Mashable: TikTok meets meditation: The singing bowl is a hit. “[Elizabeth] Jasmine, whose videos have garnered 32,000 followers and half a million likes, is part of a fast-growing ‘singing bowl’ or ‘sound bowl’ community on the app. The hashtag #singingbowl has 106 million views on TikTok, while #singingbowlmeditation has 5.3 million. Videos are often saturated in colors such as violet or midnight blue, which creators hope will evoke the calming sensation their sound is known for.”


Techdirt: (Corporate) Information Wants To Be Free. “…the average American citizen cannot approach private companies and demand access to communications, contracts, or regulatory compliance activities. Instead, they have to approach it obliquely, asking government agencies for permission to view (some) of this (secondhand) information. This is rarely successful. Corporations love tax dollars but they have almost zero interest in being honest with taxpayers. Private companies have inserted themselves into court proceedings to prevent people accused of crimes from examining the (private company-supplied) evidence used against them. And when FOIA requesters come knocking on federal or local government doors, corporations swear on all that is profitably unholy that any information leak might destroy their competitive advantage.”

The Daily Swig: Downdetector: How the popular site outage tracker is helping to improve web security. “…losing access to the internet or an online service is frustrating, and not all organizations are transparent about outages. By looking at Downdetector or other crowdsourced data, users can at least start to determine if the problem is their local connection, at the service provider, or somewhere in between. Over the years, though, Downdetector has also been adopted by online businesses themselves, feeding the data into their network operations centres.”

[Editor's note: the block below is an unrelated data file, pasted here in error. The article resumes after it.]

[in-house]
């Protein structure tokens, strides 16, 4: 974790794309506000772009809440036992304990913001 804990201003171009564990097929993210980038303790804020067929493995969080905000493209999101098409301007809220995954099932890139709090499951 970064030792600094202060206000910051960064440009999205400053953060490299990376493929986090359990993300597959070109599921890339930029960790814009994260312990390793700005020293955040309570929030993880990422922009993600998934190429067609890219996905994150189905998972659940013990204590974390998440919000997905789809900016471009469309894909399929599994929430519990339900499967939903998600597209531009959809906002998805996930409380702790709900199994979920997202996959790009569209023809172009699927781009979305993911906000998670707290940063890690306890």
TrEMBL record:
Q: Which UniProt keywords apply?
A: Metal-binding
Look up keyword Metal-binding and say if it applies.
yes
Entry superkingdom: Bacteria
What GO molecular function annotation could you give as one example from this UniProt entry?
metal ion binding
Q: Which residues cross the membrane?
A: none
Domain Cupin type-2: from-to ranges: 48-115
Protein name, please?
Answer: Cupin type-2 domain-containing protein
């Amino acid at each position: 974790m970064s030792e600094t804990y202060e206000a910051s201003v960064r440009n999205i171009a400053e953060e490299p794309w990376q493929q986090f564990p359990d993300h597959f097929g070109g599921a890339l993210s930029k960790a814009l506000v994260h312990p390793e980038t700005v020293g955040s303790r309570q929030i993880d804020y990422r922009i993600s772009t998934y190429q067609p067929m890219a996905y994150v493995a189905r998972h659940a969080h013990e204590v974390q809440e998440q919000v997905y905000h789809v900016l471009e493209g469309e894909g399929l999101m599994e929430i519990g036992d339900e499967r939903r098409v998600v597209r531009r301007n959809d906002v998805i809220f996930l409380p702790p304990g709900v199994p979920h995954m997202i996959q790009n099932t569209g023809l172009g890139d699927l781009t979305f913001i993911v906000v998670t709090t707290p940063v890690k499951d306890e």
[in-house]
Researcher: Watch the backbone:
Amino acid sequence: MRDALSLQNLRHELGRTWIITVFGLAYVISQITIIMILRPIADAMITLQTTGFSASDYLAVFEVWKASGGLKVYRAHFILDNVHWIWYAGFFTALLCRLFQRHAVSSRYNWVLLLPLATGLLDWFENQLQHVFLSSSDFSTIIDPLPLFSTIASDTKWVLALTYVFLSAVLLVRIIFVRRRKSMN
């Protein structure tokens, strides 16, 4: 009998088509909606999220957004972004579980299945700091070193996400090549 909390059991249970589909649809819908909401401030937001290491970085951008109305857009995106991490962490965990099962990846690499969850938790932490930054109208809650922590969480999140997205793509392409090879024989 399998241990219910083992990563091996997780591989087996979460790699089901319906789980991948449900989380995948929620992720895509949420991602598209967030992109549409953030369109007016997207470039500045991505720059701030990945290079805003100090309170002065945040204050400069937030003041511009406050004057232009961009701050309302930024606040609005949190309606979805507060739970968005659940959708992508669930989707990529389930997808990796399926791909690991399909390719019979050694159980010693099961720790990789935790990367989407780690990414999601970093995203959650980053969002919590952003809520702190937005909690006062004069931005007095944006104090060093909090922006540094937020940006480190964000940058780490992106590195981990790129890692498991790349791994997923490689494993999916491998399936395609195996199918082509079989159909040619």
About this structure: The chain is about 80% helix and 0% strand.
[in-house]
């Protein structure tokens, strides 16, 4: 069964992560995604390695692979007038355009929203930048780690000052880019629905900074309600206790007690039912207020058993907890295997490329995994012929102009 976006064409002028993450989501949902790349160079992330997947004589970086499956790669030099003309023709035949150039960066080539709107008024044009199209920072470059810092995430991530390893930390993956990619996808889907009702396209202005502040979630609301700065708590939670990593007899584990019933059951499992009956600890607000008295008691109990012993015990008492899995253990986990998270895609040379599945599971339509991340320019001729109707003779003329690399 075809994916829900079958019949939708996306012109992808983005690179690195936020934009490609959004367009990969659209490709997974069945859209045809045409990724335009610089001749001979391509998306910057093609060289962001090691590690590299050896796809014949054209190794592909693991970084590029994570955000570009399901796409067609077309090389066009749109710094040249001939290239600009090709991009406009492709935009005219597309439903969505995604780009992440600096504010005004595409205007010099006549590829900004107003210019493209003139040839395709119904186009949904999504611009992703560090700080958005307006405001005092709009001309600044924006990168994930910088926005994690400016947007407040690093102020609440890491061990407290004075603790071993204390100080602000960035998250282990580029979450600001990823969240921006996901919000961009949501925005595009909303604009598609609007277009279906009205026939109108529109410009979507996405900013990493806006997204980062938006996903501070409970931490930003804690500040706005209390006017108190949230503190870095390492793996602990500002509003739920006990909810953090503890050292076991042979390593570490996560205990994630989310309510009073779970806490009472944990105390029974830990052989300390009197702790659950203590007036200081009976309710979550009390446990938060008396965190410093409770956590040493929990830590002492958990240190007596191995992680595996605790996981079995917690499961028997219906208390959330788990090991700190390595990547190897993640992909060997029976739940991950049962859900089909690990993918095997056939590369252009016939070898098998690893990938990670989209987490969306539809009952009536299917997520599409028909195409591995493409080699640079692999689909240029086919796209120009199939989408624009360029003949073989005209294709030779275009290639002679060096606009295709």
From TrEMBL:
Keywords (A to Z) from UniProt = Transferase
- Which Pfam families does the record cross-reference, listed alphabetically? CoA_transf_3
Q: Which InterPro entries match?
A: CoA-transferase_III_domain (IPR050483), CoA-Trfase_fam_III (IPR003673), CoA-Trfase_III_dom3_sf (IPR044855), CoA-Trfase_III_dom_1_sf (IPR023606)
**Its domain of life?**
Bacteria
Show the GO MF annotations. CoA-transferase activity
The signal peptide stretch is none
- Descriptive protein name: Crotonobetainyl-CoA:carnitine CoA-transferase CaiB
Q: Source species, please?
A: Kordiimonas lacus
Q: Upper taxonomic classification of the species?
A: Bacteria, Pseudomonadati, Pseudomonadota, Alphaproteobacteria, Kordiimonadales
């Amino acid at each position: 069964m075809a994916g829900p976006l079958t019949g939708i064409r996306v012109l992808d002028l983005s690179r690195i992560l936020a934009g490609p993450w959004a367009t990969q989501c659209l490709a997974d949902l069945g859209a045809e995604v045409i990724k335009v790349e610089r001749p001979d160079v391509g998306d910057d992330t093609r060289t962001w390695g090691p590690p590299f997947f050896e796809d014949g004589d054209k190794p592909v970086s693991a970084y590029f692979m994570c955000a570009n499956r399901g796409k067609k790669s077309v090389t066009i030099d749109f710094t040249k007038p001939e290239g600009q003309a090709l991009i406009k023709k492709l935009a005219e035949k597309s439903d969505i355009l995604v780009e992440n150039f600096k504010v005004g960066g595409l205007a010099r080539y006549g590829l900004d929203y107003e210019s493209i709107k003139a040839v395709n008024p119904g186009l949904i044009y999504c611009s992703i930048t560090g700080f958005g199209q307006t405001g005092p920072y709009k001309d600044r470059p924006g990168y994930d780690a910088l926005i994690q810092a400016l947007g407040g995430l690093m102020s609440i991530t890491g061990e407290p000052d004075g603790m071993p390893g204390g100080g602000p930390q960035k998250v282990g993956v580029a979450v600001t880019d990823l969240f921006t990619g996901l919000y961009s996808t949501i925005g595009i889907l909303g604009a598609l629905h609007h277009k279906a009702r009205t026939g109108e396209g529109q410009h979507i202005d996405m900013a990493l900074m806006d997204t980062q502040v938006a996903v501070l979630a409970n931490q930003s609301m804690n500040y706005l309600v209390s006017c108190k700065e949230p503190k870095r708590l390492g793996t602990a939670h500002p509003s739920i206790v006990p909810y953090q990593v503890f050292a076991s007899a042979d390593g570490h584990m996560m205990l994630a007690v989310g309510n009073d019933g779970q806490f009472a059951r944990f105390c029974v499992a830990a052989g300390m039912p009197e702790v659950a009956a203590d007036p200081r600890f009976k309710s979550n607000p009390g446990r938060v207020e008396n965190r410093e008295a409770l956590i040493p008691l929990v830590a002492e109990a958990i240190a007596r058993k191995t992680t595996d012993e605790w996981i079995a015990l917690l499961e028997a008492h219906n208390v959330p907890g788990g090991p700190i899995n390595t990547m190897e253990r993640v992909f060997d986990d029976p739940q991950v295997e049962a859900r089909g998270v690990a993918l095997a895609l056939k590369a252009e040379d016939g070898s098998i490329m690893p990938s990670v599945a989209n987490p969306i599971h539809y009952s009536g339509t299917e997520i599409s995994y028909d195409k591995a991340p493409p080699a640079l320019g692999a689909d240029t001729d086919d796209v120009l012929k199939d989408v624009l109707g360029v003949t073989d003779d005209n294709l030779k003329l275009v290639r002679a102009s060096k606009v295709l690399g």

Reuters: Google Settles Over Firing of Workers Protesting Immigration Cloud Deal . “Alphabet Inc’s Google has settled with six current and former employees who had alleged the company unfairly stifled worker organizing, an abrupt ending to a trial that had been paused for several months, legal filings show.”


VentureBeat: Language models that can search the web hold promise — but also raise concerns. “In a paper published early this month, researchers at DeepMind, the AI lab backed by Google parent company Alphabet, describe a language model that answers questions by using Google Search to find a top list of relevant, recent webpages. After condensing down the first 20 webpages into six-sentence paragraphs, the model selects the 50 paragraphs most likely to contain high-quality information; generates four ‘candidate’ answers for each of the 50 paragraphs (for a total of 200 answers); and determines the ‘best’ answer using an algorithm.”

University at Buffalo: What’s the prevailing opinion on social media? Look at the flocks, says UB researcher. “…collective views on a topic or issue expressed on social media, distinct from the conclusions determined through survey-based public opinion polling, have never been easy to determine. But the ‘murmuration’ framework developed and tested by Yini Zhang, PhD, an assistant professor of communication in the UB College of Arts and Sciences, and her collaborators addresses challenges like identifying online demographics and factoring for opinion manipulation that are characteristic on these digital battlegrounds of public discourse.” Good morning, Internet…